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Painting outside

Always paint the light the first is tip number one. Do a light sketch, in pencil or outline with paint. Preferably burnt sienna or even yellow ochre (love me some yellow ochre). The pencil is fine, but the yellow ochre and burnt sienna will give nice depth to the painting.

On another note, I think painting works so well for me because it’s all intuitive. I mean, you learn the principles and rules and then break them but you know what the next steps are when creating. They are visual triggers that you never forget.

However, in saying that, I do have an inferior brain that forgets everything the moment it hears and sees it but with painting, I am motivated and drawn to do the best painting that I can. You can’t mess up a painting either.

In addition to that, good paintings have paint on them. Loads of paint. Brushstrokes galore and perfect lighting. With abstract it’s not really likely (unless you are doing landscape abstract) to put lighting in your pictures, but a good painting will have good and a specific type of lighting.

Salmon coloured abstract painting by Afonso abstract art
Red and white abstract painting by Kristina Afonso abstract art. How to start a painting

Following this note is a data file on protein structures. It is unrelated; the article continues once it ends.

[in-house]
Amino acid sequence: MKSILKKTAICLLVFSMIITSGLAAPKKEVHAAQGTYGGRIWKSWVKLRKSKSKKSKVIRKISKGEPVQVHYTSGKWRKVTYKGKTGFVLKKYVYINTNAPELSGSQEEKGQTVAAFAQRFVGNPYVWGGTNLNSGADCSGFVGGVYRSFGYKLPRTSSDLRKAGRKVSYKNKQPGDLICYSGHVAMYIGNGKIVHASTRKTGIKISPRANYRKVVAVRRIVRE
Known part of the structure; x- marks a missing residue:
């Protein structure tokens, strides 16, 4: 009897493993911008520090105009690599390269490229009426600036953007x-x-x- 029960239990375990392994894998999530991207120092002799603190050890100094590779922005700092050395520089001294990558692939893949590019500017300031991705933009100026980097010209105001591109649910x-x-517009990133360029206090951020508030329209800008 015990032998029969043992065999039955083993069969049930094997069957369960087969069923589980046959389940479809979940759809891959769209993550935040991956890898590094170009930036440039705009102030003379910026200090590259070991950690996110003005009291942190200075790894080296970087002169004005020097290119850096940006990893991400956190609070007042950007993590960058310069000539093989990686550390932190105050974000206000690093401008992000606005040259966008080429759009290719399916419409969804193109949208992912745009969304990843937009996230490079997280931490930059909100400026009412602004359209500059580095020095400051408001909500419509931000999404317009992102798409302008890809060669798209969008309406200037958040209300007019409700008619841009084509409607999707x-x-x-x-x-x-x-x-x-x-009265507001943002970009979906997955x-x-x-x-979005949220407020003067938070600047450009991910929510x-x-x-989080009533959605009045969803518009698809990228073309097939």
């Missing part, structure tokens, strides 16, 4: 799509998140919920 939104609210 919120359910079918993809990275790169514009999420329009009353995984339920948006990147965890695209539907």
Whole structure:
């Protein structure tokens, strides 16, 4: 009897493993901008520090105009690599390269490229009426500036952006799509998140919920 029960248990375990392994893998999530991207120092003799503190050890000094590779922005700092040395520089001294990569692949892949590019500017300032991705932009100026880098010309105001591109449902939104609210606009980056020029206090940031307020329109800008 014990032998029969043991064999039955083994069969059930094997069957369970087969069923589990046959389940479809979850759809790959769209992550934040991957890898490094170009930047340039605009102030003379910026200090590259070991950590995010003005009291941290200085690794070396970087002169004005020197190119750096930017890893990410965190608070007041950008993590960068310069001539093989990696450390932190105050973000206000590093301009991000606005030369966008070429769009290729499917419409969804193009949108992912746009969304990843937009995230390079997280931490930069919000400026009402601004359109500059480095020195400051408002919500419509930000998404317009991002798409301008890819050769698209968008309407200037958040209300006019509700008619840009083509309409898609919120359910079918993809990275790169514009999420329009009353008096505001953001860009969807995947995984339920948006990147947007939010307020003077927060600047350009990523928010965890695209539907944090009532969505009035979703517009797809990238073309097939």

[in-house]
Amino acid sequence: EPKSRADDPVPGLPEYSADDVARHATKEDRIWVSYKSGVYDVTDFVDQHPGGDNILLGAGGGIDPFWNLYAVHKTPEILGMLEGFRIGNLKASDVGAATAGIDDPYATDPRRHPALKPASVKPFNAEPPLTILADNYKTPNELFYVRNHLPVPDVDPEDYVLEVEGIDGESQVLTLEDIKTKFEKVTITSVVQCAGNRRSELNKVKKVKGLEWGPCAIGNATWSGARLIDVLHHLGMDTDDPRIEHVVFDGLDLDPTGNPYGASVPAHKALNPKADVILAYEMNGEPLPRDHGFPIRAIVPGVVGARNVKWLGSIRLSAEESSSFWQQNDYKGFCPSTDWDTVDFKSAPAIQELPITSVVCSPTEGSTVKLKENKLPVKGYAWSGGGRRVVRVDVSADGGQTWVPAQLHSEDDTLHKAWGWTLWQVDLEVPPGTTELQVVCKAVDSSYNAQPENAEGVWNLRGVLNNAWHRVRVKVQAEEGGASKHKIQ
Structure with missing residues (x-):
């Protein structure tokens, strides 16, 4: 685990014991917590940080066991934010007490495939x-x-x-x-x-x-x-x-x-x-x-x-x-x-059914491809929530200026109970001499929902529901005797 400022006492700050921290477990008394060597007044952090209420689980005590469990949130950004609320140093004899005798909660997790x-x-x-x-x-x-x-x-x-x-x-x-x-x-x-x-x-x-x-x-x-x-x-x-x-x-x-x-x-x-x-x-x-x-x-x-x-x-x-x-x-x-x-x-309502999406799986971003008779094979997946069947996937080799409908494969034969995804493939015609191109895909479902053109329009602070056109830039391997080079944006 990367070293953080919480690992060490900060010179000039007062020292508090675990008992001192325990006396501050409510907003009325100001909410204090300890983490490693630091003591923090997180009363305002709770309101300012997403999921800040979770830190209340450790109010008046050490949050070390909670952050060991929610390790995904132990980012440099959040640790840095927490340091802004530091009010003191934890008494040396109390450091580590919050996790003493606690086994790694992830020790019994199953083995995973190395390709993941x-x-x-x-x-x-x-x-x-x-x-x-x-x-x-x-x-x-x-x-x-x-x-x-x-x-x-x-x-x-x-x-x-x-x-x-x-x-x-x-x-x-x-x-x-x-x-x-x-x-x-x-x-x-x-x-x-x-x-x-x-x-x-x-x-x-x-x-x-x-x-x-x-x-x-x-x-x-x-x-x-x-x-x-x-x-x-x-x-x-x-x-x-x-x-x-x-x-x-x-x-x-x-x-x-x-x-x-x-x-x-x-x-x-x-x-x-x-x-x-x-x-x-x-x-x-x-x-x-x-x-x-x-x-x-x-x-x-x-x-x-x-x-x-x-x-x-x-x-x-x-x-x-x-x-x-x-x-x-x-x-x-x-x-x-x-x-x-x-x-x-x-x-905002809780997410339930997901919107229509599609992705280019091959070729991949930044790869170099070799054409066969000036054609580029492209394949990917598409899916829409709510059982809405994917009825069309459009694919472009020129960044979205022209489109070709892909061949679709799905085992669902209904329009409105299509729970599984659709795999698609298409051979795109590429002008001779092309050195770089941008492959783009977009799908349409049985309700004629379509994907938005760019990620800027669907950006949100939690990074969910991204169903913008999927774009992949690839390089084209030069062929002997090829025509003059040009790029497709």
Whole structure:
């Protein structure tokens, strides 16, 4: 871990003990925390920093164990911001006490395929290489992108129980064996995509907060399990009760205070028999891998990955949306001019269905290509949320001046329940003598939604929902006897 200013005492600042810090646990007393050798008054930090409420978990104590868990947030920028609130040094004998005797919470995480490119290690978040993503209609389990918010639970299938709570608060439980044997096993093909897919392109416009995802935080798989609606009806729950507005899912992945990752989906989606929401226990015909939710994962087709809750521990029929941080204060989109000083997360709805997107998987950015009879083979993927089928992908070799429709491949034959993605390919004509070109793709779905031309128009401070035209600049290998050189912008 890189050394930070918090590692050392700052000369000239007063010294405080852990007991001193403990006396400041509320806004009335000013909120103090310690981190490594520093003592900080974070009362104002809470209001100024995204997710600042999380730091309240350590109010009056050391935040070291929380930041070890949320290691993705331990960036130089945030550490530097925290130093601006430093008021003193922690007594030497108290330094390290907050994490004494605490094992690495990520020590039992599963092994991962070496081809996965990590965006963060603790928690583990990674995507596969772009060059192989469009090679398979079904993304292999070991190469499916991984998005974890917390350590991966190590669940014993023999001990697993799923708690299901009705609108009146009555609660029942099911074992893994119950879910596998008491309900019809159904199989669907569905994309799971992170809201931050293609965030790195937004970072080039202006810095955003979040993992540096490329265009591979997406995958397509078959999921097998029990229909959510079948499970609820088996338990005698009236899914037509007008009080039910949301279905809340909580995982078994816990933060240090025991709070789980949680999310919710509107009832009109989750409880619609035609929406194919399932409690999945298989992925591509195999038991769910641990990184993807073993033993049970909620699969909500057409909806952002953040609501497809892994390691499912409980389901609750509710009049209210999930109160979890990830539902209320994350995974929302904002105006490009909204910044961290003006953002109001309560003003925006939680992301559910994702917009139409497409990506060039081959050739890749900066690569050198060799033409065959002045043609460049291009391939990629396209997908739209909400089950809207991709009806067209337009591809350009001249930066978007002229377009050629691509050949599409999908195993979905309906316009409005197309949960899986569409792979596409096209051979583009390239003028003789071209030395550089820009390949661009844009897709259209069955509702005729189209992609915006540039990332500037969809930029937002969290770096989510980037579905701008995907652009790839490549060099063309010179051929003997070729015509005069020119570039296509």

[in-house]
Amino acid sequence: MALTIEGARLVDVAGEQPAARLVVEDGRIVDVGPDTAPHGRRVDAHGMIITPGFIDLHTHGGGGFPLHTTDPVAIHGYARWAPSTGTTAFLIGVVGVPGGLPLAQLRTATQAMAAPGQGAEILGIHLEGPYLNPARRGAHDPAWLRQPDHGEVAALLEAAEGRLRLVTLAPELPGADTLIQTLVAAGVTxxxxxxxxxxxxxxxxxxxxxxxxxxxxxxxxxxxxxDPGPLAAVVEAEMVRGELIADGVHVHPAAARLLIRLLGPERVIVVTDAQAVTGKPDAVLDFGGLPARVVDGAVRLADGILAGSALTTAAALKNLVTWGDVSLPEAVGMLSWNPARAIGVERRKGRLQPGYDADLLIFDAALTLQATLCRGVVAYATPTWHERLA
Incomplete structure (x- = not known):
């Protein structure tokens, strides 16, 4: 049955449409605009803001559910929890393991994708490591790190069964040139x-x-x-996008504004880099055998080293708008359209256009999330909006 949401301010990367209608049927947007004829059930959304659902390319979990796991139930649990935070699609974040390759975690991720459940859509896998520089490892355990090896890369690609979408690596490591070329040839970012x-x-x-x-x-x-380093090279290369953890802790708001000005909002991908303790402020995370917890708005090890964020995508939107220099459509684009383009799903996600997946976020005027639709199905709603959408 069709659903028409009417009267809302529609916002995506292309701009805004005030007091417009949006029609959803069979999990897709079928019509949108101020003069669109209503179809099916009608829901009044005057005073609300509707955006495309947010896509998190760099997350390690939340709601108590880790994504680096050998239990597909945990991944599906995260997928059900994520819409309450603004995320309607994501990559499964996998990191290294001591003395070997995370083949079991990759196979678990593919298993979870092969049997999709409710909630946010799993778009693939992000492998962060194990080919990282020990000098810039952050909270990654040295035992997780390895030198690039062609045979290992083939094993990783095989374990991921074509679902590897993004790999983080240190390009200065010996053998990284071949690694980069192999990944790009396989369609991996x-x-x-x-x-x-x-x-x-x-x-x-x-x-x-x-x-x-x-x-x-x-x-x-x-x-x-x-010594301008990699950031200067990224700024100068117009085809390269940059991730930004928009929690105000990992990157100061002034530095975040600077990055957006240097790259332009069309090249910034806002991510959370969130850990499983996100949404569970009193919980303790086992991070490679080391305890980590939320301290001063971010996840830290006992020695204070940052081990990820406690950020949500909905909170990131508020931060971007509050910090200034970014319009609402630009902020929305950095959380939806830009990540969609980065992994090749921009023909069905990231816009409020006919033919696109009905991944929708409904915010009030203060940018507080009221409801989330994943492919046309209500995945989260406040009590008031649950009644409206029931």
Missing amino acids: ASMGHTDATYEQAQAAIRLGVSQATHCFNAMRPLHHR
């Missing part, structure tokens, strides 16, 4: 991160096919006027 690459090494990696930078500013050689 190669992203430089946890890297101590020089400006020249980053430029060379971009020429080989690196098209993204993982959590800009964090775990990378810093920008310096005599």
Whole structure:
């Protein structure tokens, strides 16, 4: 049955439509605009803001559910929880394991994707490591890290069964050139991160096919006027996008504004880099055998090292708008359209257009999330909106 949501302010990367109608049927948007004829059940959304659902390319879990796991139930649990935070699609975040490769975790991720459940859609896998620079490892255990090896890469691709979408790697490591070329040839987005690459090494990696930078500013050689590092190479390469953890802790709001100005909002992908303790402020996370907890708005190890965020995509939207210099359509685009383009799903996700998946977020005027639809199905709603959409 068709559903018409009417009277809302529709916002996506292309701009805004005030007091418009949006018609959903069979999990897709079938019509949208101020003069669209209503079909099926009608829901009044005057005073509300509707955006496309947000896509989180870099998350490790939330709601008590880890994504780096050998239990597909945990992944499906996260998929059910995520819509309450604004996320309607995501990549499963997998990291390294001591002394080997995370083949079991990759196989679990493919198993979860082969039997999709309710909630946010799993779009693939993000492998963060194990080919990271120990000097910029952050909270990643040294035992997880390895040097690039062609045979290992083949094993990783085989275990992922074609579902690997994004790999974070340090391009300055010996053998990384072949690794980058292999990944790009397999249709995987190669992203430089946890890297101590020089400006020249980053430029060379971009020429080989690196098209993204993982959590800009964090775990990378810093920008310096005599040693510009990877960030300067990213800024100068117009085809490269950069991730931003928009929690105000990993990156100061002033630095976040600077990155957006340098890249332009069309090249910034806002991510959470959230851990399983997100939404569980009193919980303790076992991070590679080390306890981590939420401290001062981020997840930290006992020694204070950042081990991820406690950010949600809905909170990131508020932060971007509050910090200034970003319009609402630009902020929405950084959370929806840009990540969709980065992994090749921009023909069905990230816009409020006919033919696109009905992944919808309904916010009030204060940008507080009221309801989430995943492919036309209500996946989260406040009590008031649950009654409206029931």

Sea foam green and cadmium red abstract painting by Kristina Afonso. How to start a painting for en plein air painting
Purple and white abstract painting by Afonso abstract art. Art is intuitive . How to be intuitive with art
How to use your intuition with art. Purple and white abstract contemporary  painting by Kristina Afonso abstract art gallery
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By Afonso Abstract Art

Hello, my name is Kristina. I always knew I was a creative-type person but I just didn’t have a name for it in grade two. I grew up working in my dad's art gallery. After high school, I pursued art at Capilano University in Vancouver, BC; and from there, went onto obtain a bachelor of design with honours at the University of Alberta.

Kandinsky said, “it is evident therefore, that colour harmony must rest only on a corresponding vibration of the human soul.”

I make minimalist, gestural, abstract art. I aim for integrity; the only idea I follow is to be true and honest to my art. I hope that viewers feel a sense of freedom and austerity.

Typically, the material inspires me, followed closely by a compulsion to draw, which ends up leading me. Usually, I do not have a specific idea in mind. I do everything spontaneously, but not always, I have my considered portions. It’s never the same though. It’s unpredictable.

I love to work with oils and pencil. Watercolour is not far behind. Willow bark and conte are also in the top five.